Koyasan – Staying in a Buddhist Monastery
There is something about travel that soothes a broken heart. I’m not sure if it’s the change of routine or scenery. Maybe it’s just a reminder of how big the world is and how small we are that helps us to put it all into perspective.
My sister Molly had died about a month and a half before my trip to Japan, and unfortunately, there is nothing but time that will heal a wound like that. But my trip to Koyasan gave me some welcome relief. It was like a breath of fresh air after being under water for four minutes.
Koyasan is a village in the mountains south of Osaka where the Shingon sect of Buddhism is located. You take a funicular car high up into the mountains to get to what is a truly impressive Japanese village of about 3,000 people, a university and 120 temples.
To me, that is a very intriguing combination.
So I took the cable car up the steep slope to Koyasan. Koyasan itself is somewhat touristy with mostly Japanese tourists and the streets were busy with mid-day visitors. I navigated my way to the monastery. It was difficult to find as each place I passed was a monastery.
Once I got out of the center of town, I could see why someone would build 120 temples at this place in the mountains. The sidewalks emptied out and I noticed the huge evergreens beside the road. The street felt still and peaceful. The space between the pines seemed to be stuck in time. The temples stood tall with their huge timbers as though they belonged to the mountain and not to men.
I stayed at one of 52 temples that have typical Japanese lodging. My stay included two vegetarian meals. My room overlooked the garden and was lined with bamboo mats and sliding paper doors. It was the quietest place I have ever been. The bathrooms were typical Japanese shared bath houses and the dining room was separated into sections by sliding doors. You ate seated on the floor with a tray of typical monastery food which is absent of strong flavors like garlic and onions but included soy sauce that had been made and aged by the monks for generations.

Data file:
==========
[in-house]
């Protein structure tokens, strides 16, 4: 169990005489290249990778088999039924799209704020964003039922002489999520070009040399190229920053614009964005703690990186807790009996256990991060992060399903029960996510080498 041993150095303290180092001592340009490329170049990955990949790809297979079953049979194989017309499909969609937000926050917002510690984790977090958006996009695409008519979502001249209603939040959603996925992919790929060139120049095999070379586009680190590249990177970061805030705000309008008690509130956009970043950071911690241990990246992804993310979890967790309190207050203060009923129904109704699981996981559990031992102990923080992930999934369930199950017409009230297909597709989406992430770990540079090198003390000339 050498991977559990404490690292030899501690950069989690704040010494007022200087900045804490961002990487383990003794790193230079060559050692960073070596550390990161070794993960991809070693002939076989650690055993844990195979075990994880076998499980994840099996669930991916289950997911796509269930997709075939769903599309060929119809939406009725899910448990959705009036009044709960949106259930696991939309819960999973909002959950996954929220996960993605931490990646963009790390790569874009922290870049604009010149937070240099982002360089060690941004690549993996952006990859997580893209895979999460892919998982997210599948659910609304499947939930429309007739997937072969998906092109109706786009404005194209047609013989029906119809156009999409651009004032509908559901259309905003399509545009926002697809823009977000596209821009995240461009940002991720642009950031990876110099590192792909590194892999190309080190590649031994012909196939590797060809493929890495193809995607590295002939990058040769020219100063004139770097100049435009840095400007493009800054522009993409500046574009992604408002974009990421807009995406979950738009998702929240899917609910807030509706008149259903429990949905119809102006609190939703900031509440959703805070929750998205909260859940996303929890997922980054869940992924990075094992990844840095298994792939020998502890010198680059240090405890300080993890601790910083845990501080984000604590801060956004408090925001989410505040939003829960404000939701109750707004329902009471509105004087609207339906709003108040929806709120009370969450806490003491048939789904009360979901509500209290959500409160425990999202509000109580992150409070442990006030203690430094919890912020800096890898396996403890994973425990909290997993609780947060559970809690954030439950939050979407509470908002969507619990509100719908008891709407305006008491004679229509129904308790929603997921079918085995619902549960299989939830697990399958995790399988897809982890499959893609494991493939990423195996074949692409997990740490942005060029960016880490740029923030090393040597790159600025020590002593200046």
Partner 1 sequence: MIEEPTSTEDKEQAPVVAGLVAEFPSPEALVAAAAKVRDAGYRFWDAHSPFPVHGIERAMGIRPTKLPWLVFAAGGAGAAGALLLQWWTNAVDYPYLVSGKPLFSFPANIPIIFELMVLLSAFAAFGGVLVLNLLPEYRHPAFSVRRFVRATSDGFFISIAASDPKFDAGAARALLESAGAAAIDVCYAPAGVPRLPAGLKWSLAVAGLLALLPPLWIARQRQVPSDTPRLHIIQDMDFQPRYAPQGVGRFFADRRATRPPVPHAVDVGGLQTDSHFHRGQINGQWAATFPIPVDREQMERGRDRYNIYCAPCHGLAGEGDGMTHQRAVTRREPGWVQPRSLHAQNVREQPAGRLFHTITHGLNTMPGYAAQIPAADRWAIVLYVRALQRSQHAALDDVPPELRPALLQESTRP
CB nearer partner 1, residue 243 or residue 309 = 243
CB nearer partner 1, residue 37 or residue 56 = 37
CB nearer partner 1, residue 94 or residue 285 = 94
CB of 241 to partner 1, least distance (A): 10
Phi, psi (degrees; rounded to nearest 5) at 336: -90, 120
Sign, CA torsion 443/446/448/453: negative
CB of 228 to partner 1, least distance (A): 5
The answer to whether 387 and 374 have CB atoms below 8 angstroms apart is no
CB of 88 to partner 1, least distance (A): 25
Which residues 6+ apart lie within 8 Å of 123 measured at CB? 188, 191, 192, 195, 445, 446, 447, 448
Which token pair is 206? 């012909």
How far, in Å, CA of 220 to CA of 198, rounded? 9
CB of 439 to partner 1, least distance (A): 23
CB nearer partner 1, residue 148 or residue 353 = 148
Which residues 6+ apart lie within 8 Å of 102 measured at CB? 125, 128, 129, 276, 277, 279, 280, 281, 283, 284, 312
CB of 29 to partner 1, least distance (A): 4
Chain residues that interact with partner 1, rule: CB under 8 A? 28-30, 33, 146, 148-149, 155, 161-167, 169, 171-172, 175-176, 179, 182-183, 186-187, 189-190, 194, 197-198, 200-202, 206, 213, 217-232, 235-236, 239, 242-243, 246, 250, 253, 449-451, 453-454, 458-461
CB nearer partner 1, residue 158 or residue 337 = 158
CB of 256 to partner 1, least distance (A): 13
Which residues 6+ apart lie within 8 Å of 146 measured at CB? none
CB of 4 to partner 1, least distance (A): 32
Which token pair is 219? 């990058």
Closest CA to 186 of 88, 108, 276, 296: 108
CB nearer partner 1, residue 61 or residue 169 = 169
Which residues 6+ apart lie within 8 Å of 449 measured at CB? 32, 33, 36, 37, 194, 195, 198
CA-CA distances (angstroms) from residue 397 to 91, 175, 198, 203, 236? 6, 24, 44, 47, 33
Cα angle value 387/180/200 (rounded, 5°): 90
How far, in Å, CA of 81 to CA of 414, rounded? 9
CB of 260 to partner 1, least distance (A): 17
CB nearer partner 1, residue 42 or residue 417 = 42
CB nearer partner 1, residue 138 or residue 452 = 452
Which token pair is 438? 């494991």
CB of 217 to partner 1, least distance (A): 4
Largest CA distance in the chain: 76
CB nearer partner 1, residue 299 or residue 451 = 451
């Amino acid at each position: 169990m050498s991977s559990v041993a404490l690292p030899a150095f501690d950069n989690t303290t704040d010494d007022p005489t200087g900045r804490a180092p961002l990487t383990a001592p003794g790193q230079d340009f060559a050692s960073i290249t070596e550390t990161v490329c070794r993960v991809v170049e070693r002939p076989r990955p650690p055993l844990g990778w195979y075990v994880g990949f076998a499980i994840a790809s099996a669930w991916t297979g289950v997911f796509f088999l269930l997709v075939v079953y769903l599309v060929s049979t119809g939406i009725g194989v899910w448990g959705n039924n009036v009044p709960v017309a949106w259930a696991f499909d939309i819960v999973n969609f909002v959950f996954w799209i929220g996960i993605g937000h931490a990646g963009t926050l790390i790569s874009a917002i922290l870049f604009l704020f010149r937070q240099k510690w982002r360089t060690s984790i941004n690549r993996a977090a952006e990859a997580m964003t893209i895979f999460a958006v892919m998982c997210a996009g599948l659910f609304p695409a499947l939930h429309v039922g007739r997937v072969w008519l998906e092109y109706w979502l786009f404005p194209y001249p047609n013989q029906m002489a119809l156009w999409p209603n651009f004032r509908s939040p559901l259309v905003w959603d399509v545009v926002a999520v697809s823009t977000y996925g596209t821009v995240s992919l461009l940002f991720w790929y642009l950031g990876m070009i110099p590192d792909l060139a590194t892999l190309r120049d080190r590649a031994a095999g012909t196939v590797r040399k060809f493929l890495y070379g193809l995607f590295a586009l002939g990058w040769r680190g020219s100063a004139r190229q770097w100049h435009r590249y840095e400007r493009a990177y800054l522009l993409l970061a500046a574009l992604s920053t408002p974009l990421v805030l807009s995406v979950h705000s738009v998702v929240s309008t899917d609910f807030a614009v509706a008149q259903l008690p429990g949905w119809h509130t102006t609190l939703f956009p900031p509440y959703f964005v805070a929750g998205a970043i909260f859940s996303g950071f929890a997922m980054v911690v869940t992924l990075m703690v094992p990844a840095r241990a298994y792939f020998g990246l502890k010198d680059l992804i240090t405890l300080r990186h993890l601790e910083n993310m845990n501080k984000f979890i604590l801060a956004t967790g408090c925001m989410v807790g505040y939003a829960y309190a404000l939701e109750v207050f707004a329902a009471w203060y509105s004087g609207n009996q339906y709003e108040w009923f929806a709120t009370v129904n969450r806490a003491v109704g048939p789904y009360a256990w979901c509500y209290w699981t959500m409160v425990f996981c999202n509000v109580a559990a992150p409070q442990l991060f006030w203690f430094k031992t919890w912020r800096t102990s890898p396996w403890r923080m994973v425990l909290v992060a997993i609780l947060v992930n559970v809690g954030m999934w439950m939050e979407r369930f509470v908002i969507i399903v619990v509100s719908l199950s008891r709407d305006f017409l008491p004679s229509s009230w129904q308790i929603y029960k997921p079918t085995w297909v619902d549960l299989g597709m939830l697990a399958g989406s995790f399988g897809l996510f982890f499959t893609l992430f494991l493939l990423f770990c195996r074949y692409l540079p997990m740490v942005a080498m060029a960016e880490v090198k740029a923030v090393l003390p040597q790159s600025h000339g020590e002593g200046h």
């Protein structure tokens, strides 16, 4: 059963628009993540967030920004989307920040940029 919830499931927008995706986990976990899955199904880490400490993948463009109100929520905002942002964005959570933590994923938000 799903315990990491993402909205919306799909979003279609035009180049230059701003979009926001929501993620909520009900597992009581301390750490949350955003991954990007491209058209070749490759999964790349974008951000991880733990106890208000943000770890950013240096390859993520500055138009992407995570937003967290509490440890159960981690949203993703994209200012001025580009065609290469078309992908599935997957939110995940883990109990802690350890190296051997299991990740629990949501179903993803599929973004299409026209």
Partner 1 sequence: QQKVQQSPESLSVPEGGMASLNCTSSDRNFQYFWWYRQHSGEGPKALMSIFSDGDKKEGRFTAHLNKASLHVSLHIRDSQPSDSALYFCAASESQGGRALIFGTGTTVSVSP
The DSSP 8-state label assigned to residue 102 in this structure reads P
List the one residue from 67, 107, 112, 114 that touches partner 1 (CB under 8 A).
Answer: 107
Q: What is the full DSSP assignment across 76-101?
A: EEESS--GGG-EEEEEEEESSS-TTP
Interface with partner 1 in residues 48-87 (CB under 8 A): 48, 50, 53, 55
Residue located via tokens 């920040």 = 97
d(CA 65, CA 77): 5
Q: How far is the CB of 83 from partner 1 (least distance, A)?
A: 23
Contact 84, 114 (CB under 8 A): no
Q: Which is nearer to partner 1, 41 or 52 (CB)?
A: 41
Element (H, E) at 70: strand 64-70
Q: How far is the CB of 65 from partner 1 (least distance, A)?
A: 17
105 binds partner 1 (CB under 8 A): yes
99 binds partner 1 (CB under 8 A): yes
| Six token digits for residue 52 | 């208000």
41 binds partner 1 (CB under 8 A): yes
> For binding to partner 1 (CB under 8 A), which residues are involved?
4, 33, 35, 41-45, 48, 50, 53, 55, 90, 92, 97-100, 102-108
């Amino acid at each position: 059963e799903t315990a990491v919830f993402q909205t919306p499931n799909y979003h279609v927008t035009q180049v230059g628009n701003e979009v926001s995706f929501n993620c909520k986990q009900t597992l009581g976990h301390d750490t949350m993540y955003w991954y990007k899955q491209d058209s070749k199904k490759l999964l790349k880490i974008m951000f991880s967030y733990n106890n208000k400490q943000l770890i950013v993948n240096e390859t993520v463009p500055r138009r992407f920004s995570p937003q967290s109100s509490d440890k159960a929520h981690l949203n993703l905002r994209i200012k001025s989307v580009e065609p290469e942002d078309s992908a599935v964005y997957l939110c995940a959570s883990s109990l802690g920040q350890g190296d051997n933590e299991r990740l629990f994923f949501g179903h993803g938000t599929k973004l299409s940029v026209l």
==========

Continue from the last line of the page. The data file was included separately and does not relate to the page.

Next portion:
We got up at 5:30 in the morning to have prayers with the monks. I remember scraps of this- it was smoky, there were paper lanterns, there was chanting. I was lulled into a stupor. To be honest, I thought that would be my favorite part but after all the travelling I had done the past few days I think I was too tired to fully appreciate the early mornings.
After prayers, I would walk into town for some coffee. This is probably something I wouldn’t have done if I were a little more hardcore into the experience, but I usually needed a pick-me-up. I drank my coffee and wandered through the enormous cemetery on the mountain. This is still one of my most memorable experiences in Japan. The moss-covered stones and shrines stood silently in the woods along the stone path. I wanted to lay down with my back in the dirt and sleep in the silence. I wanted to drift away into the peace of the place around me.
There was something so grounding and so peaceful about Koyasan. It just seemed like everything from sleeping on the bamboo floor to walking in the cemetery brought a sense of connectedness to nature and to peace. It reminded me of something I had heard before, that if you need to ground yourself, you step with bare feet onto bare ground. It made sense from an electrical standpoint so I tried it myself. In Koyasan, it felt like the Earth was bringing me back to ground and I could feel the calm of the trees in the woods.
The same trees the timbers of the monastery were made from seemed to communicate some timeless wisdom above my head as I walked. It felt ancient and it felt calming, like all things would go on as they had before because that was the way life has happened for hundreds of thousands of years and my only job was to be at peace with it.